Survey of barberry and associated rust pathogens in Nepal

Maria Newcomb


USDA-ARS Arid Land Agricultural Research Center

S. Sharma, D.B. Thapa, B.N. Mahto, A.K. Joshi, H.K. Manandhar, L.J. Szabo, and Y. Jin

Barberry, Rust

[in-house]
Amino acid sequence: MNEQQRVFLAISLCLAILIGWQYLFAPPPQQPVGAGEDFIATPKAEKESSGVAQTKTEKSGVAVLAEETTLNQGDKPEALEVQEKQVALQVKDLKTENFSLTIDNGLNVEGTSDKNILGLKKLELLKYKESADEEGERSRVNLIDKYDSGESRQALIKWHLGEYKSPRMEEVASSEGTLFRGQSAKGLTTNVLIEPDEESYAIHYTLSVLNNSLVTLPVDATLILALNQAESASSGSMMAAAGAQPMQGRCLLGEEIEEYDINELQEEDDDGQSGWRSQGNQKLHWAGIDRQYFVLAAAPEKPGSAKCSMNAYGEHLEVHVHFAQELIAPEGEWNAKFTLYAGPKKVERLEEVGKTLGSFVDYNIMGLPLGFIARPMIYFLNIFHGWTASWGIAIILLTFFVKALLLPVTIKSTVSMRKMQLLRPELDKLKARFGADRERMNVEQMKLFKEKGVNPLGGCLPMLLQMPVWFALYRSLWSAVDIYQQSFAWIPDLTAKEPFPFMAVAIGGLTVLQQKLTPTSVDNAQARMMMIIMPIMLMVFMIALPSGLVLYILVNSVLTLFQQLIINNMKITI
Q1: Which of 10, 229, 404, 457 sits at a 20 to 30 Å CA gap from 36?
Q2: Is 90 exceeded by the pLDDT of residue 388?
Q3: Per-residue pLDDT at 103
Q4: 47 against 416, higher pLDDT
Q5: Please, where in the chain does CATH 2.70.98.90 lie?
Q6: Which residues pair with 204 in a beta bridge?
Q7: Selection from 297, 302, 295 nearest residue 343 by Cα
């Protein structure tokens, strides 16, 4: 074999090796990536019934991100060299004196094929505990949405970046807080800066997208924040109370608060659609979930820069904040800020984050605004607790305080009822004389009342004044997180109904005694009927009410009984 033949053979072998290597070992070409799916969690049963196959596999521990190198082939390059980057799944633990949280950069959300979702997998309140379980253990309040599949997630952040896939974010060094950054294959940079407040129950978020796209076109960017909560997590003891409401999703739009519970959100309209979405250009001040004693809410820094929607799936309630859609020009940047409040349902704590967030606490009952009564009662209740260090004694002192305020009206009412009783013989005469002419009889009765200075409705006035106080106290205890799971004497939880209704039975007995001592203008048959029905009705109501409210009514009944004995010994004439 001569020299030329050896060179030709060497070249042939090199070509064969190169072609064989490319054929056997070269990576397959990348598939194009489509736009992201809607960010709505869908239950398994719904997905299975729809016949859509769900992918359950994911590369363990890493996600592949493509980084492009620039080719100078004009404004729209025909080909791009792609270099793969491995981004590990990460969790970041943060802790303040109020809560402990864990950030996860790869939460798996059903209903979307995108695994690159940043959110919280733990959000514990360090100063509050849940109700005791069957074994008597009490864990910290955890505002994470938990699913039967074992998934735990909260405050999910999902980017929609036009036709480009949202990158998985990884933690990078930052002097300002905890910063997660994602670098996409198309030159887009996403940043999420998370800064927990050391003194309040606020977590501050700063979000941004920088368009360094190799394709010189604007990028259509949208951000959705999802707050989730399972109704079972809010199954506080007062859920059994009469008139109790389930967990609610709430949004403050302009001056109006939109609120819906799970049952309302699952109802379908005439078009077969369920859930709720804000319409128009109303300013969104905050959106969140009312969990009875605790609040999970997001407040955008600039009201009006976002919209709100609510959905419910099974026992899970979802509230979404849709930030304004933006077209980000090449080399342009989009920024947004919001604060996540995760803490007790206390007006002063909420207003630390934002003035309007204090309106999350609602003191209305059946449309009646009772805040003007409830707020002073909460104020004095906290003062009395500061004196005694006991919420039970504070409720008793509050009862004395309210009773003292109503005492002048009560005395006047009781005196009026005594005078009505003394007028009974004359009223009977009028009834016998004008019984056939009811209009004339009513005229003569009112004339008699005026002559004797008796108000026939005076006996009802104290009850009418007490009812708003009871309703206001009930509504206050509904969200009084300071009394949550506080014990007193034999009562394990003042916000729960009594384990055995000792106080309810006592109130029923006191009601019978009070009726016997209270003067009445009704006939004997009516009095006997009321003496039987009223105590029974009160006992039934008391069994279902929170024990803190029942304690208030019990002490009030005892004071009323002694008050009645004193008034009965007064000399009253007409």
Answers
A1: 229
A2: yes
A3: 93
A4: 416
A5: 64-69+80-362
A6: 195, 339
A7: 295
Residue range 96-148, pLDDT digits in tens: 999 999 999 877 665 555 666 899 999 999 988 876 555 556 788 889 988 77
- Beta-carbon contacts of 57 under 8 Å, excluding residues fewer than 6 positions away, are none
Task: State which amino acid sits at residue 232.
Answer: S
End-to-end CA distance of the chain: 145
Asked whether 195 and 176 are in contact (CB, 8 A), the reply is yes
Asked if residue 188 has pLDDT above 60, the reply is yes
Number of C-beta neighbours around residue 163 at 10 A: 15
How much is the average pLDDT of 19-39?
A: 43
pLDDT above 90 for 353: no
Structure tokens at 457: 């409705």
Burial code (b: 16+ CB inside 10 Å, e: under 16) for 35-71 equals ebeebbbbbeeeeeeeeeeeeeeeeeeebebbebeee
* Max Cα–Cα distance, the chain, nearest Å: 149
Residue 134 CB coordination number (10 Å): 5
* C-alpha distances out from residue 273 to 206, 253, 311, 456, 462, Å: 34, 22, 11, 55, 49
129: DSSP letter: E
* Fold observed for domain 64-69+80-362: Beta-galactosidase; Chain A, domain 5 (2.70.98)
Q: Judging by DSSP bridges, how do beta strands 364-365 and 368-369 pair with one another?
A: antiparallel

Wheat contributes directly to food security and the national economy in Nepal. Of the rusts of wheat, stripe rust causes the most frequent and severe yield losses. Race changes can lead to damaging epidemics. To better understand factors that influence regional diversity of the stripe rust and stem rust pathogens, we surveyed rusts on barberry in 2012 and 2013. Nepal has a high diversity of barberry (30 species) and elevational habitats that extend the seasonal distributions of wheat and barberry. The greatest diversity occurs from 2,700 m and above, and distributions range from 1,200 to 4,500 m. We surveyed locations in all regions (central, eastern, western, and far-western) of the hill zone. Barberry was common between 1,300 and 1,800 m where wheat is grown. In the far-western region, barberry was found near all the wheat fields we surveyed. Between 1,300 and 1,800 m, Berberis asiatica is the most common species. B. aristata is present at the upper end of this range. Aecial infections on barberry occurred in patchy distributions in both 2012 and 2013. Collections of aecia on barberry were made at 5 locations and are being identified by inoculation studies using a range of grass hosts. Additionally, the rust samples are being evaluated by real-time PCR assays using species-specific ITS primer/probes for detection of Puccinia graminis or P. striiformis. Preliminary results for 32 single-aecia samples from 2012 were negative for P. graminis; 7 were positive for the P. striiformis complex.